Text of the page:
The Murano has many curves and angles that make it stand out, for better or worse. But those swoops interfere with outward visibility and the mundane driving experience doesn’t live up to the promises of the styling.
Like other Nissans with the sweet 3.5-liter V6, there is plenty of oomph on tap. But while the CVT is one of the better ones on the market, this combination seems happier in around-town cruising. Fuel economy is 21 mpg overall, which is average for the category. Whether on the street or our test track, we found the Murano’s handling predictable. It managed a modest speed through our avoidance maneuver, but at its limits the overly light steering detracted from driver confidence and enjoyment. Handling is ultimately secure, but don't expect the agility of the Ford Edge competitor.
The ride is steady and absorbent, and highway travel is a smooth cruise, particularly with the standard 18-inch wheels. But steer clear of the 20-inch wheels, which don’t do any favors for comfort. Passengers will enjoy the hushed cabin, which effectively keeps engine and road noise at bay.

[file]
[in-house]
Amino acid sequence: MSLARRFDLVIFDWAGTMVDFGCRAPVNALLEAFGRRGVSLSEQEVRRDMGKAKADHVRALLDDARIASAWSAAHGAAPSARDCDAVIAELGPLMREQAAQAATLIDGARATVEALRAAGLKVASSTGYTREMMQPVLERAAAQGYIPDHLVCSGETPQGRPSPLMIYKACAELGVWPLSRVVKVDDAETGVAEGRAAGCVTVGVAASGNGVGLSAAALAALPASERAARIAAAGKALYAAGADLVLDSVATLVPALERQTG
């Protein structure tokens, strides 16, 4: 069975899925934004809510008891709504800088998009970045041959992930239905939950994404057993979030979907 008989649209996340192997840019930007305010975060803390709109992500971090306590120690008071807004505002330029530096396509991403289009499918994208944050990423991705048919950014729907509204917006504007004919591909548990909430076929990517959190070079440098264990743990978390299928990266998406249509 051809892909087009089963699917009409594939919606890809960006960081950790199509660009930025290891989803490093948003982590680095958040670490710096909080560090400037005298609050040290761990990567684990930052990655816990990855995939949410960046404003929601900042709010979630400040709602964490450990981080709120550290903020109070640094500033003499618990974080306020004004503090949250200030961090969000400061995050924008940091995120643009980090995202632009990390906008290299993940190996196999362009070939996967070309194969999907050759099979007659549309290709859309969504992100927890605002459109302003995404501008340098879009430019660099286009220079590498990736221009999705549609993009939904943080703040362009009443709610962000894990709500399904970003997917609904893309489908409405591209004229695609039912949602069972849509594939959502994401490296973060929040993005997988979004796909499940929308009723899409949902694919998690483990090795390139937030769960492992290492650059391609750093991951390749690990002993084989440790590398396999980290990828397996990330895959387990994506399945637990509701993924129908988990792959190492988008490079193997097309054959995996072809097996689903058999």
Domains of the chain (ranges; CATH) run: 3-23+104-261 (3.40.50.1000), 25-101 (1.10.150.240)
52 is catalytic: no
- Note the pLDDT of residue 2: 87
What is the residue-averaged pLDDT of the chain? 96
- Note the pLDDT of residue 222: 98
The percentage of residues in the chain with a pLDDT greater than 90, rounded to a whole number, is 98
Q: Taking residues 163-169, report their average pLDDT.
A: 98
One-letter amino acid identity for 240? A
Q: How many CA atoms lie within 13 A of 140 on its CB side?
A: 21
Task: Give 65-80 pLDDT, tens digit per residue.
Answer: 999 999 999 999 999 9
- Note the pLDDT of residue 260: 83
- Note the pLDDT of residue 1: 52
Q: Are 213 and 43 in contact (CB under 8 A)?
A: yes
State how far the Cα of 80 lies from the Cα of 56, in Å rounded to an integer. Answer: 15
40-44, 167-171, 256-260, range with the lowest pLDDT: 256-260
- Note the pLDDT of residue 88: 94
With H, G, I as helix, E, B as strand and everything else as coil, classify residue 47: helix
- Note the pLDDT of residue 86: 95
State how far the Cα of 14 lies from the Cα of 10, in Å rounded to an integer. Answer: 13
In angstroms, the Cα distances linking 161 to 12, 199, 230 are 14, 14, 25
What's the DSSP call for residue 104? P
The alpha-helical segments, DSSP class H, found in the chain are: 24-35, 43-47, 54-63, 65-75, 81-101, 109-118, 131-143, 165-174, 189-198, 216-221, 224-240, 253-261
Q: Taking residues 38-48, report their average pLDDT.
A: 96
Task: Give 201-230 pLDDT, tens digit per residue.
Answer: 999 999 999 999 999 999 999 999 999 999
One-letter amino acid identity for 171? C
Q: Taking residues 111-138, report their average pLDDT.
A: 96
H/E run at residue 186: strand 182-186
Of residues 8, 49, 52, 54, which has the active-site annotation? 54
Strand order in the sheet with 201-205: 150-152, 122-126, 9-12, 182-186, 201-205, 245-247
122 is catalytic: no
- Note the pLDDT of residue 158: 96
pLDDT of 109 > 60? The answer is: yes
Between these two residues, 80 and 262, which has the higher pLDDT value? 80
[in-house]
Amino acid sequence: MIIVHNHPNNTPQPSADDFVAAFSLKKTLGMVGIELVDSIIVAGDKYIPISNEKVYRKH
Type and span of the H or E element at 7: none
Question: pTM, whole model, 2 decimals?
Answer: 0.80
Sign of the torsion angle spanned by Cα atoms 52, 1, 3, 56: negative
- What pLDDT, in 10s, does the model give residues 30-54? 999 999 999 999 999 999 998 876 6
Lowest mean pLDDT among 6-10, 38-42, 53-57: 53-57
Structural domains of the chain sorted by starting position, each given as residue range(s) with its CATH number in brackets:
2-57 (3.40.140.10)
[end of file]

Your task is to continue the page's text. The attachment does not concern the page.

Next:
Interior materials and trim in our SL are almost on par with the Lexus RX. The leather seats are welcoming, though they incrementally lose support on long trips. Backseat legroom is generous, even for adults. The Murano’s intuitive infotainment system combines an easy-to-use interface, traditional volume and tuning knobs, and a row of on screen buttons, making it easy to find a desired function.
For 2021, Nissan’s Safety Shield 360 becomes standard for all trim lines, This package includes automatic emergency braking with pedestrian detection, forward collision warning, blind spot warning, rear cross traffic warning, lane departure warning, high beam assist and rear automatic braking. The optional surround-view camera system is also a great help in parking, given the lousy visibility to the sides and rear.